Klopas' 6th game on June 26th against themarked the first time he could put Pappa into the lineup. Pappa had returned from international duty with Guatemala in the CONCACAF Gold Cup. His return meant Dominic Oduro could be liberated from playing on the wings and move up to the forward position. Oduro has never looked back. He's started all of Chicago's last 21 MLS Regular Season games up top. At first he was like Nazarit moving from a lone striker position to being paired with Chaves and Nazarit himself. It wasn't until August 13th that the lineup released included Patrick Nyarko at forward for the first time in quite a while. Nyarko has not always been listed at forward but it is a regular partnership and one that Klopas has used in the first three games of the 2012 season. Few will complain about the overall 8-3-4 record the team has enjoyed since the 4-3-1-2 has been used on a regular basis. Many do complain about the team's performance and over reliance on Dominic Oduro whenever the Fire fail like they did on Sunday against the Colorado Rapids.
Nyarko Taking Up Valuable Space
Oduro's speed was neutralized on Sunday in two different ways. First, the Rapids have one of the few center backs in the league that can keep up with Oduro's speed:. Second, the Rapids employed a deep back line that is becoming more common in any Fire opponent. The closer the opposing defenders are to their own goal, the less chance Oduro has to blaze past them and go one-on-one with the opposition's goalkeeper. The negative aspect to playing with a deep back line is that it opens up space for the offense to work with. Chicago must figure out how to use that space to their advantage. All the Fire did on Sunday was continue to lob passes up to Oduro. Wynne was there to beat him on the track meet every time.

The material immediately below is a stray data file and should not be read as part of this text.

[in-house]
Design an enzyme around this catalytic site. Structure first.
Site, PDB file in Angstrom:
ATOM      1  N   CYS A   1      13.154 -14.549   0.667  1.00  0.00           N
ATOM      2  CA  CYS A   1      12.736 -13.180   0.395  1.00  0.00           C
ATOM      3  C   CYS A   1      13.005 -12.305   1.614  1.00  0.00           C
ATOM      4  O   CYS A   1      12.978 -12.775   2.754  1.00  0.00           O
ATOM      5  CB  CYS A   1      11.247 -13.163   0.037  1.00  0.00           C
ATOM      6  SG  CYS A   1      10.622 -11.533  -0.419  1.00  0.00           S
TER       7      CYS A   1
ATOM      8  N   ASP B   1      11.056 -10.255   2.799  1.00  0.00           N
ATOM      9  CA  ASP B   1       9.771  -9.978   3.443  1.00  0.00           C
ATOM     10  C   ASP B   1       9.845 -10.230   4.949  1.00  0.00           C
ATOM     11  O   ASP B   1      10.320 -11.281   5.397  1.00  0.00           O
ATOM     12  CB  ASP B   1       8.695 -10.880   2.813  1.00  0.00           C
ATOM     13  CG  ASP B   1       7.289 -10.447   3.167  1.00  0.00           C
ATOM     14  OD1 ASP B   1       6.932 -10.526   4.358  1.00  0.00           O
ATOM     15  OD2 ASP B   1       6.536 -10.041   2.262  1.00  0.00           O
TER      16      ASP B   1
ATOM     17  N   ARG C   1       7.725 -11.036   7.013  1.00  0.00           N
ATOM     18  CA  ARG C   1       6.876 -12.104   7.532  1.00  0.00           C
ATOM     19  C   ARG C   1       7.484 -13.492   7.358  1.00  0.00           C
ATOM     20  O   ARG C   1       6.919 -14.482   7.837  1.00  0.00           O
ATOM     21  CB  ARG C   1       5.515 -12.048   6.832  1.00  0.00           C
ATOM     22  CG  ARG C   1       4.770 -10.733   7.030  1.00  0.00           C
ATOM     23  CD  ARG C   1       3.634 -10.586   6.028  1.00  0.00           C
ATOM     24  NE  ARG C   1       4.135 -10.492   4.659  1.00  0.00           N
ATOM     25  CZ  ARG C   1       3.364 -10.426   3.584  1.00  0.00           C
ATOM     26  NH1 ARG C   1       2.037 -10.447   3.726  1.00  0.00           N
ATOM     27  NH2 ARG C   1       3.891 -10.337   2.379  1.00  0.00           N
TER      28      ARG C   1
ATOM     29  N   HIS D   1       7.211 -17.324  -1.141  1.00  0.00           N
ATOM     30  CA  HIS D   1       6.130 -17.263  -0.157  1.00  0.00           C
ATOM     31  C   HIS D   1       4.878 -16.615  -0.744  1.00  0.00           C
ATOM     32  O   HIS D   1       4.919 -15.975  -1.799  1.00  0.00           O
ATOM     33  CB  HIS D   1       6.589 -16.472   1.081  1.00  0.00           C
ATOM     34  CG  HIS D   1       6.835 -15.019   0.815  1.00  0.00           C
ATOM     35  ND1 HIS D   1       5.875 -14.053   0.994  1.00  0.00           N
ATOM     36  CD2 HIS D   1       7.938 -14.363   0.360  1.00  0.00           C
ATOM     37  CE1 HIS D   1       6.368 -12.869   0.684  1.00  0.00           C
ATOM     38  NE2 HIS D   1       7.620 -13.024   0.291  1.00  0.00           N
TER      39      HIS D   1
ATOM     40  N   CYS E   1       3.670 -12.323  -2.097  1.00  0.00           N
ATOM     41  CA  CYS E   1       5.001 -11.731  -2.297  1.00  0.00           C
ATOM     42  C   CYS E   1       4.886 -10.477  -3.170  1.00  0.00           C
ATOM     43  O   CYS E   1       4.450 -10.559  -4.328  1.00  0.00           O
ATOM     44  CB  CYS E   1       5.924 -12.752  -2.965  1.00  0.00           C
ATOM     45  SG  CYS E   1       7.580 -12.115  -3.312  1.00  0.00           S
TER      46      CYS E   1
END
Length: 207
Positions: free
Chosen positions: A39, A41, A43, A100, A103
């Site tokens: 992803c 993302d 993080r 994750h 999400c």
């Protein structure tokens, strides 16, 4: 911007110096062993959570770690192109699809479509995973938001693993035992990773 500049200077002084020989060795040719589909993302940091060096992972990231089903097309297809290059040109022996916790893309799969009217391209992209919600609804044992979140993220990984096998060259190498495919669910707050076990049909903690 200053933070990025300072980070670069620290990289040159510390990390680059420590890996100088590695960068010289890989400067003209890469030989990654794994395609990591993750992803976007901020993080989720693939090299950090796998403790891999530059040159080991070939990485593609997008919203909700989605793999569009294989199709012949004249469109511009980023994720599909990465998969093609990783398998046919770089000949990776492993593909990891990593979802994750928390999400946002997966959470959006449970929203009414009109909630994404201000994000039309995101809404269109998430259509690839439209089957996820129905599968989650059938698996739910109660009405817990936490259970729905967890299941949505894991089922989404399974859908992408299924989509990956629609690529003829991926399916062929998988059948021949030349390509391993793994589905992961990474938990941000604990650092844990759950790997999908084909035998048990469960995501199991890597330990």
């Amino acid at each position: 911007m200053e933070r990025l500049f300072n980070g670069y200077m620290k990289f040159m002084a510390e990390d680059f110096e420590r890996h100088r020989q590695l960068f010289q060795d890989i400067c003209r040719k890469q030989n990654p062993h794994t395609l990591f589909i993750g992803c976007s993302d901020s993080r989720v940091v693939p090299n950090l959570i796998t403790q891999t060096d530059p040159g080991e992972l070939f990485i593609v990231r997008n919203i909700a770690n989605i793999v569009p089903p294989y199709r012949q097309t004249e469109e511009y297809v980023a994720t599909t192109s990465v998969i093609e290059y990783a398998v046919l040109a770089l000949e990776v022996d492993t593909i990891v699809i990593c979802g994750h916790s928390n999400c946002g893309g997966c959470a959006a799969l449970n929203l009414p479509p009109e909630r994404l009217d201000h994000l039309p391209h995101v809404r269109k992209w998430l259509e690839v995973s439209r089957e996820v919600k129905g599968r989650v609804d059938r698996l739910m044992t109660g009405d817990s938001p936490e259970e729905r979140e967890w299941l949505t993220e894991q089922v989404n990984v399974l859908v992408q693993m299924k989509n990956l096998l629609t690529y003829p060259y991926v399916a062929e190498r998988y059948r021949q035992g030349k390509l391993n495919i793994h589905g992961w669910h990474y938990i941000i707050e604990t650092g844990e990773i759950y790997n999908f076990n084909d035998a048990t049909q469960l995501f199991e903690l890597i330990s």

If Marco Pappa is given a green light to play as high as Oduro does, he can use the space Oduro creates to get his own shots. Some might call Pappa a selfish player who is a little trigger happy but sometimes that is what makes a great striker. Pappa is not afraid to shoot.
Patrick Nyarko is the opposite and is almost too unselfish. The opposition is not afraid of him making a strike from distance. Nyarko looks to pass and create for his teammates. This is a weakness that allows defenders and goalkeepers to cheat and prepare for a pass. For all of the talk of the Oduro-Nyarko Ghanaian partnership, Nyarko has only assisted 2 of Oduro's 9 goals that have taken place since they both started playing forward. It's more a Grazzini-Oduro partnership because the Argentine midfielder has assisted four Oduro goals.
Grazzini an Equal Threat with Oduro
While on the topic of Grazzini, it's important to note that Montreal and Colorado completely shut him out from even taking a shot. He managed 2 shots against a very poor Philadelphia squad but he's still well off his pace from last year. The only time Grazzini was held shotless in 11 appearances in 2011 was in his second Fire regular season game. He played 56 minutes in the disaster that was the 4-2 loss to Vancouver. If Oduro's speed can be contained and Grazzini's shots can be prevented, the Fire are in a whole world of trouble. One of the two players has scored in 11 of the Fire's last 15 games. The other four games include two shutouts (last Sunday and vs. San Jose on 9/10/11) and wins where Marco Pappa scored a hat trick and Jalil Anibaba had a brace.
Opposing defenses have every reason to put everything into shutting down Oduro and Grazzini and taking their chances they won't get burned by other players. Pappa and Nyarko switching places would at least give them a new wrinkle to figure out. Can anyone tell me why we shouldn't at least give this a chance since Marco Pappa has scored more goals in a single game than Patrick Nyarko has scored in his last sixty?